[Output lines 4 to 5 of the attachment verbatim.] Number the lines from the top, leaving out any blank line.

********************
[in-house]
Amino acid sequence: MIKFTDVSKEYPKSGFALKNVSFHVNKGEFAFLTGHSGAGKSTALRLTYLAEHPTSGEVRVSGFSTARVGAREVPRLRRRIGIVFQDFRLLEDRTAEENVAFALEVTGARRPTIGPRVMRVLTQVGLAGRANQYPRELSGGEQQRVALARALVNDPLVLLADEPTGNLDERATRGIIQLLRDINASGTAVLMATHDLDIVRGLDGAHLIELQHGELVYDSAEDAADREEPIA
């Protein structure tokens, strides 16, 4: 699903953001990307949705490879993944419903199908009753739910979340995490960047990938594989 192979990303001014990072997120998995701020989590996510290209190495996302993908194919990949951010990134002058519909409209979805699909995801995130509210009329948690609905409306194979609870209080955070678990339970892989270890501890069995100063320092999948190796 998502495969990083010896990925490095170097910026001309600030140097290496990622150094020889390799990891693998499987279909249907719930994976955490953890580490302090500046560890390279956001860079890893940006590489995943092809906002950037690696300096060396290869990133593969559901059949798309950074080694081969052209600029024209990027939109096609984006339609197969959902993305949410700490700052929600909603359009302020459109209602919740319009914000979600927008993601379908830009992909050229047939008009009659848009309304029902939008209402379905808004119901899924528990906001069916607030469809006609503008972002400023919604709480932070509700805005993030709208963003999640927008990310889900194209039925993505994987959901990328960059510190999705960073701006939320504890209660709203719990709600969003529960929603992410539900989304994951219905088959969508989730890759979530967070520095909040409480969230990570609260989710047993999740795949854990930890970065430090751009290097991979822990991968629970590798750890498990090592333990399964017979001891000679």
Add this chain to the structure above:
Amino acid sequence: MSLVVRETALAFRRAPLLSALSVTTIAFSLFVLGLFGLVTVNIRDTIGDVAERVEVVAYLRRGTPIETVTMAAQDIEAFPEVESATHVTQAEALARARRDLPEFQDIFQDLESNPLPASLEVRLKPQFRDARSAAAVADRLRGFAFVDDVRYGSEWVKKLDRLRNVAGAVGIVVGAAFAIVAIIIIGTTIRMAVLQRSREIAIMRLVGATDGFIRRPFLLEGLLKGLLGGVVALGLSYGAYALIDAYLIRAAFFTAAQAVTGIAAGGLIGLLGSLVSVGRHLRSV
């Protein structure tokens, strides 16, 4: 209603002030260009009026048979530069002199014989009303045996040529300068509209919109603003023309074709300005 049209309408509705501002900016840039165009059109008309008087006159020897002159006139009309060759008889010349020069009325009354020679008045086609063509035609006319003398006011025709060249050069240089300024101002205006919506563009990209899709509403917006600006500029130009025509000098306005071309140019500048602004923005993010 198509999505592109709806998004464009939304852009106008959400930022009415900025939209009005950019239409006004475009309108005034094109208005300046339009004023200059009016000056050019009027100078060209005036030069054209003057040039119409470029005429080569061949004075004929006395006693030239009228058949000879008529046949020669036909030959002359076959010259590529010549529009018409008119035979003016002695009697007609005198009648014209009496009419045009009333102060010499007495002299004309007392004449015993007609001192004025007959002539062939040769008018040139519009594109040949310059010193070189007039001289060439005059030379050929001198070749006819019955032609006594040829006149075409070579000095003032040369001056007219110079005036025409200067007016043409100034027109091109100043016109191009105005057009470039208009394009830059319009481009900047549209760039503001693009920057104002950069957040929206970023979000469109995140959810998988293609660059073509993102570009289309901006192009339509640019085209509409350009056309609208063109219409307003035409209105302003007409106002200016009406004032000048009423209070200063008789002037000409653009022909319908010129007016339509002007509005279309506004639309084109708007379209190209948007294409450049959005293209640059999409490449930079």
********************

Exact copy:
Add this chain to the structure above:
Amino acid sequence: MSLVVRETALAFRRAPLLSALSVTTIAFSLFVLGLFGLVTVNIRDTIGDVAERVEVVAYLRRGTPIETVTMAAQDIEAFPEVESATHVTQAEALARARRDLPEFQDIFQDLESNPLPASLEVRLKPQFRDARSAAAVADRLRGFAFVDDVRYGSEWVKKLDRLRNVAGAVGIVVGAAFAIVAIIIIGTTIRMAVLQRSREIAIMRLVGATDGFIRRPFLLEGLLKGLLGGVVALGLSYGAYALIDAYLIRAAFFTAAQAVTGIAAGGLIGLLGSLVSVGRHLRSV